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U.S. Patents

System for pricing financial instruments

CJ Weber, C Alexander, CA Baker, J MacQueen

US Patent 7,305,362, 2007

System for pricing financial instruments

CJ Weber, C Alexander, CA Baker, J Macqueen

US Patent 7,979,336, 2011

Systems and methods for trading actively managed funds

CJ Weber, C Alexander, J Macqueen, CA Baker

US Patent 7,822,678, 2010

Systems and methods for trading actively managed funds

CJ Weber, C Alexander, J Macqueen, CA Baker

US Patent 8,170,934, 2012

Industry CV          Academic CV


Professional Development:

I'm Professor of Finance at Sussex, a visiting Professor at Peking University HSBC Business School, and Co-Editor of the Journal of Banking and Finance.  I have a BSc Maths with Experimental Psychology and a PhD in Algebraic Number Theory. I took a post-doc in Amsterdam, worked as a bond analyst for Phillips and Drew, and attended the London School of Economics as a Research Assistant in game theory/labour economics also taking their MSc in Mathematical Economics and Econometrics. In 1985 I took a lectureship in Mathematics and Economics at the University of Sussex, while also designing risk, pricing, hedging and trading models for investment banks, fund managers and exchanges. Then I dropped the Economics side at Sussex to work half-time as Academic Director for Algorithmics Inc.


My PhD thesis, entitled Integral Bases of Dihedral Number Fields was supervised by Walter Ledermann at the Universty of Sussex. After a post-doc at the Universty of Amsterdam, a rather tortuous year as a bond analyst for Phillips and Drew and a delightful Masters in Mathematical Economics and Econometrics at the London School of Economics, I returned to Sussex as a lecturer in Mathematics and Economics. That was in 1985, by which time my research interests had turned to game theory.


However, after the 1987 Black Monday crash in global financial markets my econometric skills were in greater demand, and my social conscience drew me away from game theoretic research into something more practical. I undertook various consultancy roles for investment banks and other financial institutions, where I worked with computer programmers to implement models for risk analysis and portfolio management. This way, I became drawn to research in financial risk management, investigating the properties of various new econometric models for market risk including different types of generalised autoregressive conditional heterscedasticity (GARCH) models , as well as applied research on active and passive fund management. From that time on, almost all my research has been with the wonderful PhD students that I have had the privilege to supervise.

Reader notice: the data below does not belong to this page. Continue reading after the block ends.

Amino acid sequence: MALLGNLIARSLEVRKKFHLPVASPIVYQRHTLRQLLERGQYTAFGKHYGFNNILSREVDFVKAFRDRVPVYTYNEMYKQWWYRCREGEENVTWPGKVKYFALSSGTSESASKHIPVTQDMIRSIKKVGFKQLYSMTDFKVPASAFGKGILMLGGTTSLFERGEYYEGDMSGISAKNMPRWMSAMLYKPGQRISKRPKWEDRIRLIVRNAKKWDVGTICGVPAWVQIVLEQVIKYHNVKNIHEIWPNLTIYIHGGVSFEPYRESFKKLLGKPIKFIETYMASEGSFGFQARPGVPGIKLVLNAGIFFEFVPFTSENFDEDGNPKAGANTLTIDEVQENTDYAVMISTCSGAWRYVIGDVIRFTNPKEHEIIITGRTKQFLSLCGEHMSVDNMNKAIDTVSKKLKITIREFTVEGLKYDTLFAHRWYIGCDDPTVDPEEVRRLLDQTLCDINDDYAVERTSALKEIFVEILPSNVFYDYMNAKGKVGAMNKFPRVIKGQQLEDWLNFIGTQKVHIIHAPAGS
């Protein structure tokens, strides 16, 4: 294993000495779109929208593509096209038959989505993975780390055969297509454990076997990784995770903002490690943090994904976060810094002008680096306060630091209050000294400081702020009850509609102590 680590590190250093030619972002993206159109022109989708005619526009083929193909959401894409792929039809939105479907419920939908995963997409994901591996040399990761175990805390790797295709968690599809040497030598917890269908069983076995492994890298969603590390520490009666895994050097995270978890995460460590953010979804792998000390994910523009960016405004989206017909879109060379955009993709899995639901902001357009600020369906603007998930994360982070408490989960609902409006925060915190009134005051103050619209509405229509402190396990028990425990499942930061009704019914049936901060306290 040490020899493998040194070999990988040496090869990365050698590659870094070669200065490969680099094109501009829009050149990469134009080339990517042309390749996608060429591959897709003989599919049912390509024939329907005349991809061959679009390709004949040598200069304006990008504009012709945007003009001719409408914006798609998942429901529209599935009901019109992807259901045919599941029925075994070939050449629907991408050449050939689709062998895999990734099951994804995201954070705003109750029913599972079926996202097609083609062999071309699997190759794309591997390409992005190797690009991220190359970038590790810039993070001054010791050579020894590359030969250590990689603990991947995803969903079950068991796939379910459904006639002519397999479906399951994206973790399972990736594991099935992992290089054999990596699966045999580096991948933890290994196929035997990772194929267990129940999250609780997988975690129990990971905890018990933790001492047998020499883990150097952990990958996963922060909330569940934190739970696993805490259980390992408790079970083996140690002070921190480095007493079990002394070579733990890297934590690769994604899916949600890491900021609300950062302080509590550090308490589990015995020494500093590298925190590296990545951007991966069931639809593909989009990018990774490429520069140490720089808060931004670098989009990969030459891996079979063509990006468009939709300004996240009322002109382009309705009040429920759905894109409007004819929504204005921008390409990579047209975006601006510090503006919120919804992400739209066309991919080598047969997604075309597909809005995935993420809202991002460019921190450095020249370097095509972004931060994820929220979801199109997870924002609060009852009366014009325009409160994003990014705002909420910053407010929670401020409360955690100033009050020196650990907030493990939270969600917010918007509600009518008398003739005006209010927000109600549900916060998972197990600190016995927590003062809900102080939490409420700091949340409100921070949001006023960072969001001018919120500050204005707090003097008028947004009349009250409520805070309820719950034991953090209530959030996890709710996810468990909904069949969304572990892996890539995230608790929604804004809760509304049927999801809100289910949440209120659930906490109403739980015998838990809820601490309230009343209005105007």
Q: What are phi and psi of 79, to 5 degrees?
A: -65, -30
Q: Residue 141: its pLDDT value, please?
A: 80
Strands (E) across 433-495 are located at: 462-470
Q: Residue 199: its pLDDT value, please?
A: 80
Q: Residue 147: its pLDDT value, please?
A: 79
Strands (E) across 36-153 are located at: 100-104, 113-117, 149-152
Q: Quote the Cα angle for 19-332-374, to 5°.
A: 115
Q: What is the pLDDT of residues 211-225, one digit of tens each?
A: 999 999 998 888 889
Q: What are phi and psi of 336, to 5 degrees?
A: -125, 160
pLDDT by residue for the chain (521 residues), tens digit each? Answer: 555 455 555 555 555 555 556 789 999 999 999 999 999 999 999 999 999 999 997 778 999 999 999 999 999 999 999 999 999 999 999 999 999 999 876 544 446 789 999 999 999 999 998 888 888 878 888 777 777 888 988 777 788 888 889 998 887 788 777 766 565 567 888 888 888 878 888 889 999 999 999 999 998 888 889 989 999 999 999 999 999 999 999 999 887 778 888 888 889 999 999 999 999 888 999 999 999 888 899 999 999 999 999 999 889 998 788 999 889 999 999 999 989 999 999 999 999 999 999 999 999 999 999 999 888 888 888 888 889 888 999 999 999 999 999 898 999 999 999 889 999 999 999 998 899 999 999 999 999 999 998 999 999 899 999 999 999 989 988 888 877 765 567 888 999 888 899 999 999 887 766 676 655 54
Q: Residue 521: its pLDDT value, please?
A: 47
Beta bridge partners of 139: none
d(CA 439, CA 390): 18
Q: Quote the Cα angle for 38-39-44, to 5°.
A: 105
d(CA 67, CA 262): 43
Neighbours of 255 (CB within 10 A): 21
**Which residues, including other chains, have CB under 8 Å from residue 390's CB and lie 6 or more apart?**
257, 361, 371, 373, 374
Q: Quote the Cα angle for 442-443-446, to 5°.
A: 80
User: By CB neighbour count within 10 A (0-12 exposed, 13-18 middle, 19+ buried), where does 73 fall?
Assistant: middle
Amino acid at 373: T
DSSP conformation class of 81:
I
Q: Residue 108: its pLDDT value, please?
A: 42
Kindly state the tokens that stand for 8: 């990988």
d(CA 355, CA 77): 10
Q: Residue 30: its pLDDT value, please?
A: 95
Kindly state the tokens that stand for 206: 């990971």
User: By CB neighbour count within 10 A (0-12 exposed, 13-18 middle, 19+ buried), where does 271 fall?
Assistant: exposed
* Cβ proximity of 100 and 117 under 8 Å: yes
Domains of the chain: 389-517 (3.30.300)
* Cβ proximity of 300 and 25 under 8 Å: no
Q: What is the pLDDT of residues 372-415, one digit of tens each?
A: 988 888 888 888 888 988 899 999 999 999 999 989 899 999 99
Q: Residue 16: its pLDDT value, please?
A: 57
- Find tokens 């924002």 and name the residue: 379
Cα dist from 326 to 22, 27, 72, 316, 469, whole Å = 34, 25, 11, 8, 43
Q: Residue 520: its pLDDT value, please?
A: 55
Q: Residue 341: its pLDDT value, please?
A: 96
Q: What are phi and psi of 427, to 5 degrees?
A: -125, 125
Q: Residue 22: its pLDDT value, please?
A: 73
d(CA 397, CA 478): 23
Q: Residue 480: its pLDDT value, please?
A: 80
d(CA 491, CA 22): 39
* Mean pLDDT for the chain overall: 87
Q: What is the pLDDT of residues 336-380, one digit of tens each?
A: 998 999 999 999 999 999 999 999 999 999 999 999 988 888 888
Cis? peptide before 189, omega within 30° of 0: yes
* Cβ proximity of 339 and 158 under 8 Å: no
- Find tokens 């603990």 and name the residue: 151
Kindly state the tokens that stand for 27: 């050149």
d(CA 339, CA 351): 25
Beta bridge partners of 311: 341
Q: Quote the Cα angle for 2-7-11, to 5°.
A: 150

In 1997 I left academia entirely to be a director of Nikko Global Holdings and Head of Market Risk Modeling (UK). I briefly led a team of about a dozen PhDs, designing and building new indexing products, but the London office was closed shortly after I started. I took the opportunity to write my first book (Market Models, Wileys 2001). Then, in 1999, I became a professor of finance at the ICMA Centre at Reading University. I was also Risk Research Advisor, SAS (USA) and Chair of the Board of PRMIA (Professional Risk Manager's International Association).  In 2013 I returned to Sussex, heading the development of the Department of Business and Management before it split into three to become the new Business School.


Further econometric research on estimation of general discrete-time stochastic processes for financial asset returns naturally shifted my attention towards the implied measure, at which point I necessarily became a rather inefficient autodidact in various elements of mathematical finance. In this sphere I developed pricing and hedging models for various types of options, exotic and otherwise, and with two very talented PhDs we proved some classic theoretical results on scale invariance and generalised aggregation properties. Likewise, more applied mathematical finance research converged on volatility indices and higher moment risk premia, and on trading these premia through futures and exchange traded products.


While writing my 4-volume textbook Market Risk Analysis (Wileys, 2008) Walter Ledermann was interested to read parts of the first volume Quantitative Methods in Finance. In his early career as a young mathematician in Edinburgh Walter had done some interesting research on correlation matrices, and after reading my textbook he proved the last theorem of his life at the age of 97. By coincidence, I was supervising the PhD of his grandson at the time. Together Dan, Walter and I wrote the first paper on random orthogonal matrix (ROM) simulation, timing the publication for the centenary of Walter's birth. In his honour, we named the Ledermann matrix that Walter discovered as the first in a whole class of L-matrices that Dan and I developed. I continue to work on ROM simulation and have also developed another new type of simulation model based on factor quantiles.

Currently, the main focus of my research is on the exciting new universe of crypto assets and their derivatives. 

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